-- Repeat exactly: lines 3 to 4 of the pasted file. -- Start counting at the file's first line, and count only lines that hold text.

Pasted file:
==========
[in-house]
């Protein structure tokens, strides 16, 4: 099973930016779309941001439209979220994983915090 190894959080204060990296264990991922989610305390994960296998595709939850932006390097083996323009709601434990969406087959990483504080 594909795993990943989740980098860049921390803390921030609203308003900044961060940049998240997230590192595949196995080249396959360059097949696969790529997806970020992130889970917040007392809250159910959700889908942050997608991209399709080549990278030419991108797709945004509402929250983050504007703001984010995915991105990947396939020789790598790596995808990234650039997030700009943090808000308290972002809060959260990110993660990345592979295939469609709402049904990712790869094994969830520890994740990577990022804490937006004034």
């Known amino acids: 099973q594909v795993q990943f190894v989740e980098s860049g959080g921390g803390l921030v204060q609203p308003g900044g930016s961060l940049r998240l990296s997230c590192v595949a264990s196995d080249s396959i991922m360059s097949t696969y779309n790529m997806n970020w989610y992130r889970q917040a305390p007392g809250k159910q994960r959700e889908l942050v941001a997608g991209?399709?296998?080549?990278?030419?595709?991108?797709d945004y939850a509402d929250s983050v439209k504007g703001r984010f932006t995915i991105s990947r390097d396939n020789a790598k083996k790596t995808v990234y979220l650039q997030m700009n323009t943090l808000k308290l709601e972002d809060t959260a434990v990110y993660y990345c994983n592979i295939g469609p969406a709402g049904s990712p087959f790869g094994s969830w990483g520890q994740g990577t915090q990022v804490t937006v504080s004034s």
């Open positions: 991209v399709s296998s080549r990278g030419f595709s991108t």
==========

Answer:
């Known amino acids: 099973q594909v795993q990943f190894v989740e980098s860049g959080g921390g803390l921030v204060q609203p308003g900044g930016s961060l940049r998240l990296s997230c590192v595949a264990s196995d080249s396959i991922m360059s097949t696969y779309n790529m997806n970020w989610y992130r889970q917040a305390p007392g809250k159910q994960r959700e889908l942050v941001a997608g991209?399709?296998?080549?990278?030419?595709?991108?797709d945004y939850a509402d929250s983050v439209k504007g703001r984010f932006t995915i991105s990947r390097d396939n020789a790598k083996k790596t995808v990234y979220l650039q997030m700009n323009t943090l808000k308290l709601e972002d809060t959260a434990v990110y993660y990345c994983n592979i295939g469609p969406a709402g049904s990712p087959f790869g094994s969830w990483g520890q994740g990577t915090q990022v804490t937006v504080s004034s």
């Open positions: 991209v399709s296998s080549r990278g030419f595709s991108t």